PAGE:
Department of Neighborhood Empowerment


Empower Yourself.

Empower Your Community.

Empower LA.



Mayor Eric Garcetti today appointed Ken Ziffren to be his chief advisor on motion picture and television production. Ziffren will build on the foundation laid by Tom Sherak to help Mayor Garcetti strengthen our economy and middle class by increasing local production through expanded state incentives and cutting red tape at City Hall. "Stopping runaway production is about protecting our middle class...


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In our latest update on beekeeping, we're excited to share that the City Council voted on Wednesday to request a report from the Department of City Planning on the feasibility of allowing beekeeping in R1 zones. Not only is this good news for the L.A. bee population, it's a great example of Neighborhood Councils moving an issue forward by voicing their support in the City Council. Council File 12-0785... 


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We're the Technology and User Experience (TUX) Team! Ever wonder where your Newsletter comes from, who's behind Elections events, or who can connect you to Nextdoor.com? That'd be us. Technology, Outreach and Elections are our specialty, so it's high time we introduced ourselves to you personally....


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This is a question we've been getting a lot from our NC Outreach Chairs- how do I link my NC page to the EmpowerLA.org website? If you have WordPress, it's simple. This week, we show you how with a simple step-by-step.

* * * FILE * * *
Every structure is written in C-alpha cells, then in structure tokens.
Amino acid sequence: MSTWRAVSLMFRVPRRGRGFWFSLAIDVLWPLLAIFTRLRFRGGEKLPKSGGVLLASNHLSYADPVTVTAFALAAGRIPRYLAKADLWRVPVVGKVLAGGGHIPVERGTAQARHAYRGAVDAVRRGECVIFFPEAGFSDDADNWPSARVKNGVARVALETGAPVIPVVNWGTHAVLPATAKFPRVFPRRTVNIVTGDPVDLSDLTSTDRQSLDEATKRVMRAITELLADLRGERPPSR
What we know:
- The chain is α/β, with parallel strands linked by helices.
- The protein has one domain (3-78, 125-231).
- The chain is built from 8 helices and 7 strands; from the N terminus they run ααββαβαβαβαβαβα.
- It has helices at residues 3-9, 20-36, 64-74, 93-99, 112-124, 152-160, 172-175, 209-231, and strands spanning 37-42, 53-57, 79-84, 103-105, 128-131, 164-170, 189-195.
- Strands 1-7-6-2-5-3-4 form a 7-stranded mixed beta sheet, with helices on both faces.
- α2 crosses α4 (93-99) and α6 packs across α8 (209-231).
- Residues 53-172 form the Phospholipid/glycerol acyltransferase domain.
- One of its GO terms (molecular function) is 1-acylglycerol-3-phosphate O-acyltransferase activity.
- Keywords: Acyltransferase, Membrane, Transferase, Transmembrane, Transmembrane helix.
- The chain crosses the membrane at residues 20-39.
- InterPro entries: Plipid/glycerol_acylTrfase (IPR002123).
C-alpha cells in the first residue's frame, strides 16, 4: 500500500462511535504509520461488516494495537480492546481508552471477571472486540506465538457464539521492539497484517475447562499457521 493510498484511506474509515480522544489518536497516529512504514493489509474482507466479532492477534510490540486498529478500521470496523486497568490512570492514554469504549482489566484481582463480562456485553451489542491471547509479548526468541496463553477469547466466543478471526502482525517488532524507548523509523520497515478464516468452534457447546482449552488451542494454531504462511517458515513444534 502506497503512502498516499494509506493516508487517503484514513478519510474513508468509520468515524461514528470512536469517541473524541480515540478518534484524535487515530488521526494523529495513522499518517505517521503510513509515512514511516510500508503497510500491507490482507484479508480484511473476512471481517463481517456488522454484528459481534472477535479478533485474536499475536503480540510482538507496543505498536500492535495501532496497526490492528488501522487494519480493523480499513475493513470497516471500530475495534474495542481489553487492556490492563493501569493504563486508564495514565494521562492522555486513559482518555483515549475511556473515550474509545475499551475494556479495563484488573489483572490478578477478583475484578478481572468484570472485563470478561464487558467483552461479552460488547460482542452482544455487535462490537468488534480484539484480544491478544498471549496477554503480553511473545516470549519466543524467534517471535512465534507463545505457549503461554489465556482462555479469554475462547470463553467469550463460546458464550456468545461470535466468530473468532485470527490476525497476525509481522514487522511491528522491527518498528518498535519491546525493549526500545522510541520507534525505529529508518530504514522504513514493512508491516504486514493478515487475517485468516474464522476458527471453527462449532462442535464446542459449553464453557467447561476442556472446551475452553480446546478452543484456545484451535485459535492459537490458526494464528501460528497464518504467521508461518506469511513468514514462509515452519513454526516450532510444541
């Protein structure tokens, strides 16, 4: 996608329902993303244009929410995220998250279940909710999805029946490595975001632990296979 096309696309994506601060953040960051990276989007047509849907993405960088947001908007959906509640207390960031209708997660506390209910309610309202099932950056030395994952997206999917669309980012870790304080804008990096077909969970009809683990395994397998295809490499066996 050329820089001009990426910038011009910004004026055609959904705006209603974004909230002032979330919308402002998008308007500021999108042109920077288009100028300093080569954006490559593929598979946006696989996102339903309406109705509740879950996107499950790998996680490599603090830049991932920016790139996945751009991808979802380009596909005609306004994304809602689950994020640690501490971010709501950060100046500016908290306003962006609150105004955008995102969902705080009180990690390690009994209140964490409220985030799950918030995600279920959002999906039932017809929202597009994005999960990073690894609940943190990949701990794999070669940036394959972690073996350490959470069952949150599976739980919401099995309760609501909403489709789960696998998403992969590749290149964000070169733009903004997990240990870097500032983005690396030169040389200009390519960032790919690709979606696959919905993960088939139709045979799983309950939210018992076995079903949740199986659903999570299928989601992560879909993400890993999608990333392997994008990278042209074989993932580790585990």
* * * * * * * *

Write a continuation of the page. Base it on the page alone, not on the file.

Here is the EmpowerLA button / image, we'd like to see on all NC websites:...


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This week, we're covering the work of the Department of City Planning. The Department has three citywide initiatives on the table, and they want your input. In March and April they will hold Community Planning Forums to address the Plan for a Healthy Los Angeles, re:code LA, and Mobility Plan 2035. First, the Draft Plan for a Healthy Los Angeles is now available for public review and public comment....


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Last week in our Public Advocate column, we told you about the DWP's report on how drought is affecting Los Angeles and efforts to save water in the city. This week Mayor Garcetti and Governor Jerry Brown met with the White House Task Force on Climate Preparedness and Resilience. The drought affecting California has set the tone for the meeting and sparked a wider discussion on how Californians...